ASM Proposes Increased Support for Research at USDA

May 10, 2024

Testimony Prepared by the American Society for Microbiology 
FY 2025 Appropriations for Agriculture Research at the U.S. Department of Agriculture 
Submitted for the Record to the United States House of Representatives
Committee on Appropriations
Subcommittee on Agriculture, Rural Development, Food and Drug Administration, and Related Agencies 

May 10, 2024
Submitted on behalf of: Amalia Corby, Federal Affairs Director
American Society for Microbiology  

The American Society for Microbiology (ASM) urges Congress to increase funding for the Agriculture and Food Research Initiative (AFRI) at USDA to at least $500 million in fiscal year (FY) 2025. This is consistent with the AFRI Coalition, of which ASM is a member. We also request $1.95 billion for the Agricultural Research Service and at least $50 million for the Agriculture Advanced Research and Development Authority (AgARDA). The President's FY25 Budget Request proposes $126 million for the National Bio and Agro-Defense Facility (NBAF). ASM requests at least $126 million for the NBAF for FY25. ASM also requests $1.386 billion for the Animal and Plant Health and Inspection Service (APHIS), consistent with the FY25 Budget Request. ASM also requests an increase of $85 million for antimicrobial resistance priorities at USDA.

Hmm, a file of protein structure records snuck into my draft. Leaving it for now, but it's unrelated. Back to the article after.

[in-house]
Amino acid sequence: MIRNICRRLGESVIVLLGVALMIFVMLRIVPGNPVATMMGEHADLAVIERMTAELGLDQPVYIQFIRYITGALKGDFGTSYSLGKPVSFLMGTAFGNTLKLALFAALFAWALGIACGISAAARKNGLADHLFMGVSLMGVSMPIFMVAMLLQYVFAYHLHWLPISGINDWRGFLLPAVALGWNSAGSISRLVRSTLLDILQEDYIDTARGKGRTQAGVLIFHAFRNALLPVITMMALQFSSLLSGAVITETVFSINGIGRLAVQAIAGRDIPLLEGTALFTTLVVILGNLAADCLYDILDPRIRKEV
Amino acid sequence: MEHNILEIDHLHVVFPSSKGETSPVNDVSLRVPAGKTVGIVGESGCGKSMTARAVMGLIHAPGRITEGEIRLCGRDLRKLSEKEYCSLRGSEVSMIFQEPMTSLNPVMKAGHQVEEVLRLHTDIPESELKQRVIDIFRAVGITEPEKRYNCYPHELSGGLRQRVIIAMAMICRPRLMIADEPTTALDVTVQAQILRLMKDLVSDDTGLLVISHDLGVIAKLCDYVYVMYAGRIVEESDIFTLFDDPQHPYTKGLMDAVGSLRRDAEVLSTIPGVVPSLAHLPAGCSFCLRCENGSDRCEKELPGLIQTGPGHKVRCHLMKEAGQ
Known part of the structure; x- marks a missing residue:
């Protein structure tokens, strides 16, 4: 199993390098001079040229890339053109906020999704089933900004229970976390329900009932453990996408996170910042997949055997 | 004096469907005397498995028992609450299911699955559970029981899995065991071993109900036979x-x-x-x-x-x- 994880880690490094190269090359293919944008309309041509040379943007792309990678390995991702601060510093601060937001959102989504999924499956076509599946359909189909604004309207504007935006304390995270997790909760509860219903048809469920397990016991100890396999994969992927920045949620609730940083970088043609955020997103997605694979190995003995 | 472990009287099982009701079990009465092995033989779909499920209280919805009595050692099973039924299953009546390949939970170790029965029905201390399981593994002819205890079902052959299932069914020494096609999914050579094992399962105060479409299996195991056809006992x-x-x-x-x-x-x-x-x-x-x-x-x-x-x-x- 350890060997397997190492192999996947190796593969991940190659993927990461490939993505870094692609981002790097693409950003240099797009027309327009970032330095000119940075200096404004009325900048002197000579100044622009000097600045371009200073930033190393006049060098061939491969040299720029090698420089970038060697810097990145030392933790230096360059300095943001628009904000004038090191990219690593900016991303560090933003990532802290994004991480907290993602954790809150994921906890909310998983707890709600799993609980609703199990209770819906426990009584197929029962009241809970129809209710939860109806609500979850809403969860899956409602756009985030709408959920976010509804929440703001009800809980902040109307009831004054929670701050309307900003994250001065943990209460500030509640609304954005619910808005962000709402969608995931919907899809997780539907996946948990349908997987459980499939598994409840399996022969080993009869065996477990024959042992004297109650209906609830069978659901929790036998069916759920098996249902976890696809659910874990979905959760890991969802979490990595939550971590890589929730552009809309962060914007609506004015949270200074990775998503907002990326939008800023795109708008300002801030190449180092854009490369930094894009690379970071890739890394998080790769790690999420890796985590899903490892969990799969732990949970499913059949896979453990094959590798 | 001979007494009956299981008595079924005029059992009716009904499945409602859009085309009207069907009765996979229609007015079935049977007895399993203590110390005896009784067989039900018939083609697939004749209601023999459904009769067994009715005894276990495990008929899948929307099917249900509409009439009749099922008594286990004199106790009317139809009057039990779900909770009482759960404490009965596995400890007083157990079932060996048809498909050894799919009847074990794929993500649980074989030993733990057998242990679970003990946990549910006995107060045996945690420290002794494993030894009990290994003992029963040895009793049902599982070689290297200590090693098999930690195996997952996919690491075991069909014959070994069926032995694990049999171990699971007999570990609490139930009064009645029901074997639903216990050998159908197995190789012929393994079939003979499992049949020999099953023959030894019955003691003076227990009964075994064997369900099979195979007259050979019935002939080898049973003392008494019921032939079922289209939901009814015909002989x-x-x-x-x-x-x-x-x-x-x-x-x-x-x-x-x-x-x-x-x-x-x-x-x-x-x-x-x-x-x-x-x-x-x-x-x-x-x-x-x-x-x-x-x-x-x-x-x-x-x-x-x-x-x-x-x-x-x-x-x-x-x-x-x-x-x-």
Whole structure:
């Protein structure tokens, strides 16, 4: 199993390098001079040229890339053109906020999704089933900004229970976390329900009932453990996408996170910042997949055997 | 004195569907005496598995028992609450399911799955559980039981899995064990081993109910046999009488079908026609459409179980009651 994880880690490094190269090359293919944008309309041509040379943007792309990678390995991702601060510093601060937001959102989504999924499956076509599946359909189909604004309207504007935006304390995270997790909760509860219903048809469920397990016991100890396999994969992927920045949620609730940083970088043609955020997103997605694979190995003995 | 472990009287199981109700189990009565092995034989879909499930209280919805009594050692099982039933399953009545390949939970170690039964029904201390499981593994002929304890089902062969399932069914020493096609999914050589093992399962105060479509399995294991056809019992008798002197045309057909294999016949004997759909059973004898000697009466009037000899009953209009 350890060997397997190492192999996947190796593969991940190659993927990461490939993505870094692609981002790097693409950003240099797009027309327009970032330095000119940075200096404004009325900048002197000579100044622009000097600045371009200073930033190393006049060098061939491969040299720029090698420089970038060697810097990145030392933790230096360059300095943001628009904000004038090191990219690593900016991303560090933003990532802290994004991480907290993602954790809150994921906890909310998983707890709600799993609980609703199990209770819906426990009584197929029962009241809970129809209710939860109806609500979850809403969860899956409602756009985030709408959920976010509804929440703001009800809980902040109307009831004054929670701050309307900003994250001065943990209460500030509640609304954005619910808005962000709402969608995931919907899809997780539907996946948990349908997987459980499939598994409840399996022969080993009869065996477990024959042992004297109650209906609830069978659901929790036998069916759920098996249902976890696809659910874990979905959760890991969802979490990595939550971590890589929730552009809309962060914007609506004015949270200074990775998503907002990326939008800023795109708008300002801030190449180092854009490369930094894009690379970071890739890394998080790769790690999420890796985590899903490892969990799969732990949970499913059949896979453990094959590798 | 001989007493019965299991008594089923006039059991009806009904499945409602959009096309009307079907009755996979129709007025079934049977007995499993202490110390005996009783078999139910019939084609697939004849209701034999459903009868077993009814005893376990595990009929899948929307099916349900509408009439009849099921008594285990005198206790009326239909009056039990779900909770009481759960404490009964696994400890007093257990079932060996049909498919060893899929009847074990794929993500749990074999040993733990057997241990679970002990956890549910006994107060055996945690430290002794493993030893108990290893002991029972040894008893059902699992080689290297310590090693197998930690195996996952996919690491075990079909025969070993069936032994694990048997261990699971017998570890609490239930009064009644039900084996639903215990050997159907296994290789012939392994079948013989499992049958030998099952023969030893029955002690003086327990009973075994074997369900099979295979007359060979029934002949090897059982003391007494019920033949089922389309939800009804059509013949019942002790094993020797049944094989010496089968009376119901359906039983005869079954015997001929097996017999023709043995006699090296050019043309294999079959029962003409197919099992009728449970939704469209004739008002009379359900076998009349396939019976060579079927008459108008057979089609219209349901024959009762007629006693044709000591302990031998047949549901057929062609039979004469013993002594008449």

ASM appreciates the opportunity to submit outside witness testimony for the Fiscal Year 2025 Agriculture, Rural Development, Food and Drug Administration, and Related Agencies appropriations bill. Established in 1899, ASM is the home for microbial scientists from around the globe to connect, learn, discover and prepare for the future. ASM is one of the oldest and largest single life science societies with 36,000 members in the U.S. and around the world, whose mission is to promote and advance the microbial sciences. We connect with millions of experts and harness their science to serve humanity to solve the world's most pressing problems, including agricultural production, climate change and combatting antimicrobial resistance.  

A Strong Investment in Microbial Research Pays Dividends